Fathers play an important role in a family’s life. Children especially benefit when a father is present to spend time encouraging and demonstrating things in a unique way only fathers can. However, the difficult reality for millions of people is that addiction to alcohol fractures and damages families, often separating fathers from the home emotionally and physically. Alcoholism is a disease with potentially deadly consequences.
Alcoholism affects men more frequently than women. Used as a coping mechanism for stress, excessive drinking can lead to addiction. When a father is addicted to alcohol, nothing else matters. Family, work and community commitments suffer. The University of Michigan researchers reviewed information from over 17,000 participants in the National Epidemiologic Survey on Alcohol and Related Conditions (NESARC) to compare divorce rates of people affected by alcoholism to people unaffected by alcohol-related issues. Nearly half (48.3%) of study participants with a past or present issue with excessive drinking got divorced in their lifetime. Divorce brings another layer of trauma and difficulty to families struggling to stay together in spite of this deadly disease.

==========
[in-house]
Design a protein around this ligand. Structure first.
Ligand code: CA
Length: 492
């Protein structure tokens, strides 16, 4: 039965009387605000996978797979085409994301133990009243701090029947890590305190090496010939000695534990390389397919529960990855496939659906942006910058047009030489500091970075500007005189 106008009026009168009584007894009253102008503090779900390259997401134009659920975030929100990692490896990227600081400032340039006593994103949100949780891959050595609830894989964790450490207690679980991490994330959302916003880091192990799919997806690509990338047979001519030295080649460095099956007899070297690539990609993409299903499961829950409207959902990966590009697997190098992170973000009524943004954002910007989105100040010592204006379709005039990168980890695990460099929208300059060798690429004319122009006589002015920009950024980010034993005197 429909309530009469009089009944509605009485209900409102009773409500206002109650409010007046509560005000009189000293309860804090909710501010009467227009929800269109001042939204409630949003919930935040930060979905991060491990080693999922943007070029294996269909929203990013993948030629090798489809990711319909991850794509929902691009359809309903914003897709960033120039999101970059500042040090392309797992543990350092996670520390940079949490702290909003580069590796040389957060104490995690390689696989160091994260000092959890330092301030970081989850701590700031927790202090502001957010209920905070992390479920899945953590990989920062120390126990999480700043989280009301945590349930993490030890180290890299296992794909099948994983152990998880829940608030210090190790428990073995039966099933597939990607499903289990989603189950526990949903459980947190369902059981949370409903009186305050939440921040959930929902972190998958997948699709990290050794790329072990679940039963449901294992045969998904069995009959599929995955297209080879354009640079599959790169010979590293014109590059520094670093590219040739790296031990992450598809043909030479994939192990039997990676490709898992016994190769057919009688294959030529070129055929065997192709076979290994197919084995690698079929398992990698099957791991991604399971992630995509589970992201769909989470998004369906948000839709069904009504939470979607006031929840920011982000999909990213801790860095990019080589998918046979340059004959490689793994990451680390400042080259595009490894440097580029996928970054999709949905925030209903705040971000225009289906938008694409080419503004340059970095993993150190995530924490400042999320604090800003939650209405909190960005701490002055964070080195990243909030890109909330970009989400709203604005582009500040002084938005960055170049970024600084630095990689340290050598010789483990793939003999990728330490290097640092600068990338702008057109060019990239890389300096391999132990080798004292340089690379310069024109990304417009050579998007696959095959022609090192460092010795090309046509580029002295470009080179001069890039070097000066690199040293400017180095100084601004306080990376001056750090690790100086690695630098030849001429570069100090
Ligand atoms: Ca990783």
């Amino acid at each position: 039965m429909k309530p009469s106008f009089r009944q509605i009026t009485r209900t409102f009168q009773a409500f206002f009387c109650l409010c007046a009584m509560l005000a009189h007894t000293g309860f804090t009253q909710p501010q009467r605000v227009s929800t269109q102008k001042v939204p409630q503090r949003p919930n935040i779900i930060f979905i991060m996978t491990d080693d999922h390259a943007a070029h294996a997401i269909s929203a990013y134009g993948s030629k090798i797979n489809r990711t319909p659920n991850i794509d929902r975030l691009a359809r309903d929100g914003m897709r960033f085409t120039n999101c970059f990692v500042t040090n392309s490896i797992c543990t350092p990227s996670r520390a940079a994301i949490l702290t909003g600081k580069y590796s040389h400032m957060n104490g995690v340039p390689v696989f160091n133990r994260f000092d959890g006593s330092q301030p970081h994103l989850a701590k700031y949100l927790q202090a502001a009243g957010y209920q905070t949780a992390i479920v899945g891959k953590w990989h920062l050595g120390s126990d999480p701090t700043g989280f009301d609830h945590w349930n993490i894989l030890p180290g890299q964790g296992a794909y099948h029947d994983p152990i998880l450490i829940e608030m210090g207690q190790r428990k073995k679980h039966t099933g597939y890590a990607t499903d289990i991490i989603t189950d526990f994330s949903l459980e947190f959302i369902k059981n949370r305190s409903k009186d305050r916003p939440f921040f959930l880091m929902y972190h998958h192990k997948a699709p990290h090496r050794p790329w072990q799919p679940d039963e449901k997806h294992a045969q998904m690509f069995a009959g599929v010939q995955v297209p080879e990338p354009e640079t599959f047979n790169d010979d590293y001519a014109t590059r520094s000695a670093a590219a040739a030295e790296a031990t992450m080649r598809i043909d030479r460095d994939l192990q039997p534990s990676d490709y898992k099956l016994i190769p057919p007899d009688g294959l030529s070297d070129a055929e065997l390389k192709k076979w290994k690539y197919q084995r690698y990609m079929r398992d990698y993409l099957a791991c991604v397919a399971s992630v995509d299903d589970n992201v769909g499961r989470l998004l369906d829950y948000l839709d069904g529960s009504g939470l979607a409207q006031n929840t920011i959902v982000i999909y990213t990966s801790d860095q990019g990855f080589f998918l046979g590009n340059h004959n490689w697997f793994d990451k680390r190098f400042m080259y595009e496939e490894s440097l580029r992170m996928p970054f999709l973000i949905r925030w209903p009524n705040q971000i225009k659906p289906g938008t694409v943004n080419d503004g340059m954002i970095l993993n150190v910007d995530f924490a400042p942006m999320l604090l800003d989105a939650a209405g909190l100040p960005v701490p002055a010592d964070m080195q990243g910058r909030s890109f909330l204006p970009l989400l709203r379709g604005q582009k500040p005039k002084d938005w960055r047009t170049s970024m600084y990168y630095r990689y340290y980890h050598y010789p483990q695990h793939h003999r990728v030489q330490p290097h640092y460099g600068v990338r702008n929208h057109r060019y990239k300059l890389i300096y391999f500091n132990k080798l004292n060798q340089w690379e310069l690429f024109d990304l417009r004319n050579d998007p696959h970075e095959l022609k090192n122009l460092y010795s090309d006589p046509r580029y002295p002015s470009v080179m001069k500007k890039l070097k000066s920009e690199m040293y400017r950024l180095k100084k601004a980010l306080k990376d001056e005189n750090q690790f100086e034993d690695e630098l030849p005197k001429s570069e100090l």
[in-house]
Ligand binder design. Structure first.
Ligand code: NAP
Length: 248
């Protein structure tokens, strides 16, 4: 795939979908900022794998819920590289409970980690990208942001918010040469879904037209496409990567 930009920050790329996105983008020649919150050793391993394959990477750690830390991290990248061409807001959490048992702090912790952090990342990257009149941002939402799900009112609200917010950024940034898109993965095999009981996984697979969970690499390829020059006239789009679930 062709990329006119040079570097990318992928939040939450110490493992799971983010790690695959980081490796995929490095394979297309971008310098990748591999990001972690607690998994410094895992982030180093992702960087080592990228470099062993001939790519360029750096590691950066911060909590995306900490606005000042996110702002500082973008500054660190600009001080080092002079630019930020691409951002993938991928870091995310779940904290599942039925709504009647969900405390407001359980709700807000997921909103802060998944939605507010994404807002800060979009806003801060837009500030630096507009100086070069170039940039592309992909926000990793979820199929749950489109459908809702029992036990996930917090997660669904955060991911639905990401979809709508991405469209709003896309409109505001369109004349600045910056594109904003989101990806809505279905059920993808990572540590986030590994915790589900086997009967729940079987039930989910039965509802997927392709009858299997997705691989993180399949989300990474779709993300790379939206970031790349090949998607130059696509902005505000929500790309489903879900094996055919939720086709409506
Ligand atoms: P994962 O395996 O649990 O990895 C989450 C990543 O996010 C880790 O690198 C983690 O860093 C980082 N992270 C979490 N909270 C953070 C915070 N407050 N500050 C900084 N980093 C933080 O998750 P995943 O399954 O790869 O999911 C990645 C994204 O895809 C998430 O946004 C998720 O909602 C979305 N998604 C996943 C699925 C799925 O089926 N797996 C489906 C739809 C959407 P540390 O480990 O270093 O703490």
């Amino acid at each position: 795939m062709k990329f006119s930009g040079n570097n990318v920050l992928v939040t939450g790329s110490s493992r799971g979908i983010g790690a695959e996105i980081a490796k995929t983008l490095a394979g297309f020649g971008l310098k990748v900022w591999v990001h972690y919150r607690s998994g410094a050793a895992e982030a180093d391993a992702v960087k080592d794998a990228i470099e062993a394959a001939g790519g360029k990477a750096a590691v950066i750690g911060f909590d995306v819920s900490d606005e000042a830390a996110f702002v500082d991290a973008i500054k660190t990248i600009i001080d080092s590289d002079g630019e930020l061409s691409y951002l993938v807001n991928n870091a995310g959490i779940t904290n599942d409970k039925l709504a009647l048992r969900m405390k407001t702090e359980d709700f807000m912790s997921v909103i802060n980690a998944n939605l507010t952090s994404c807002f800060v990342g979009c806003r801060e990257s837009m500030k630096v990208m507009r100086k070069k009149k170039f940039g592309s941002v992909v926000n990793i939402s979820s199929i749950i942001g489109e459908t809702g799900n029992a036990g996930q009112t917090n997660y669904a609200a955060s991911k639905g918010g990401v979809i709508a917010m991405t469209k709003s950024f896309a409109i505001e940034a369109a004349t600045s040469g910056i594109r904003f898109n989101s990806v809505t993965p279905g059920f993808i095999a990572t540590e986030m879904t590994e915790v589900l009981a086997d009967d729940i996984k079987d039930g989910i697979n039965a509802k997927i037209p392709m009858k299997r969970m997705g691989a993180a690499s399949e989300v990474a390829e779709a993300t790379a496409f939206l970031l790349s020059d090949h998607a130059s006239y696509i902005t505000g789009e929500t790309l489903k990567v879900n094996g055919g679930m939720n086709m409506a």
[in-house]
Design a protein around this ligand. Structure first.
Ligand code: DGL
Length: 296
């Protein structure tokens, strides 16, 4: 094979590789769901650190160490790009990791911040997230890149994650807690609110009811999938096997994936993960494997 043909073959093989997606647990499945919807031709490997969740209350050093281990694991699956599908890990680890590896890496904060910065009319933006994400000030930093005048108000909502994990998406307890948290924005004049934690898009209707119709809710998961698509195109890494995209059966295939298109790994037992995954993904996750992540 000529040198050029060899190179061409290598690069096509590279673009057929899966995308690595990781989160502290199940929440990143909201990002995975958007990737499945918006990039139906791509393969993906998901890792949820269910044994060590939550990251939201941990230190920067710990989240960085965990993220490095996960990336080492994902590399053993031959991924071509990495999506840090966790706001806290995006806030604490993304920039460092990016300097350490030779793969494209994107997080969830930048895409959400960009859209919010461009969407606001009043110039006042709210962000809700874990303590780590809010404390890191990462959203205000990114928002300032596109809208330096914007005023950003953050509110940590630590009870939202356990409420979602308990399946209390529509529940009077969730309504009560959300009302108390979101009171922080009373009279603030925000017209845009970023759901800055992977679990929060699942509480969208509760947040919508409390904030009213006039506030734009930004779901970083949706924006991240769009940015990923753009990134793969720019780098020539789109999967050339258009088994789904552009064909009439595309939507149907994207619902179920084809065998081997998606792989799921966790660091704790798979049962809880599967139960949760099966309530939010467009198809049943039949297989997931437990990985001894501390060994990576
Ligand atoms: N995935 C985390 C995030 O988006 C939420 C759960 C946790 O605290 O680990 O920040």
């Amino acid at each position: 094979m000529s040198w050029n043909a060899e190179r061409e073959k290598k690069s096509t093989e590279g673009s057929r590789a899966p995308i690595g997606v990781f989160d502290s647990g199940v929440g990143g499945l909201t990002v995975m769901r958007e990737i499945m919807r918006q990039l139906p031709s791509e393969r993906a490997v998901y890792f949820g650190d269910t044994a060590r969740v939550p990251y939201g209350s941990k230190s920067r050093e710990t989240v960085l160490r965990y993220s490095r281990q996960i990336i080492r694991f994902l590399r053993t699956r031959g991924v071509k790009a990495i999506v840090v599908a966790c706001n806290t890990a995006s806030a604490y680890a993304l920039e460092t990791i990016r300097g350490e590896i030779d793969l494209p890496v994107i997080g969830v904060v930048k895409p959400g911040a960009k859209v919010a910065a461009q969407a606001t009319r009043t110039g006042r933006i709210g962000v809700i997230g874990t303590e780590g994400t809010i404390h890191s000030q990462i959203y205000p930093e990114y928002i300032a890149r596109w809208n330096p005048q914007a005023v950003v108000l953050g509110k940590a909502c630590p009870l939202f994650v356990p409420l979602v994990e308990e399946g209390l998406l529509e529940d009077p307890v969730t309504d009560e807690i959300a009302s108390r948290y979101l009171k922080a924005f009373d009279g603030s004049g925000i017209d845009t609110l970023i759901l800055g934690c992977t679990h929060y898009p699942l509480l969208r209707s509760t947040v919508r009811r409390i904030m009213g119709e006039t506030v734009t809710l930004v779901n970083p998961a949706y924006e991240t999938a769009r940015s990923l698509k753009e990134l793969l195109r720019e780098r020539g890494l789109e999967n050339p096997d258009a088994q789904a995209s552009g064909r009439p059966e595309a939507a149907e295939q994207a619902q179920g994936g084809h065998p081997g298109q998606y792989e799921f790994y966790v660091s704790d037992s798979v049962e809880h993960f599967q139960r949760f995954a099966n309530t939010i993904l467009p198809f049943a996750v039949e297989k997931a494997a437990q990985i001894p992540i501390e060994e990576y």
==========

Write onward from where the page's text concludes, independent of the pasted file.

In the United States alone, 79,000 people lose their lives each year to alcohol-related deaths. Over two-thirds of America’s 14 million alcoholics are men, 47% of whom are fathers. Increasingly, tens of thousands (if not more) children are being left without a father. The psychological trauma this causes can have severe repercussions for children as they grow through the teen years into adulthood, learning to navigate the tricky intricacies of adolescence without a father to guide them.
Excessive drinking shortens life spans by more than a decade, affecting the liver, heart and other physical functions to the point of causing irreversible damage. In addition, irreversible damage is done to the psyche and wellbeing of children across America who witnessed the downfall of someone deeply cared for. More than 40 percent of fatal car crashes are linked to excessive drinking which can cause fatalities for more than just the person driving but other passengers and drivers on the road. Many victims are innocently caught in the crosshairs of a serious, deadly condition. Relationships within the family and community at large break apart when fathers are absent, creating rifts large enough to cause permanent disruption and irreversible rupture.
Adult children of alcoholic fathers have an opportunity to challenge a mother or father who is drinking excessively to seek treatment. Though not easy, chances are a parent is more willing to listen to a child’s plea for help than any other person. Rather than wait for tragedy to occur, now may be the time to act. It is up to the person drinking to seek treatment but with some support and help, it is possible to recover from the ravages of alcoholism, before it is too late.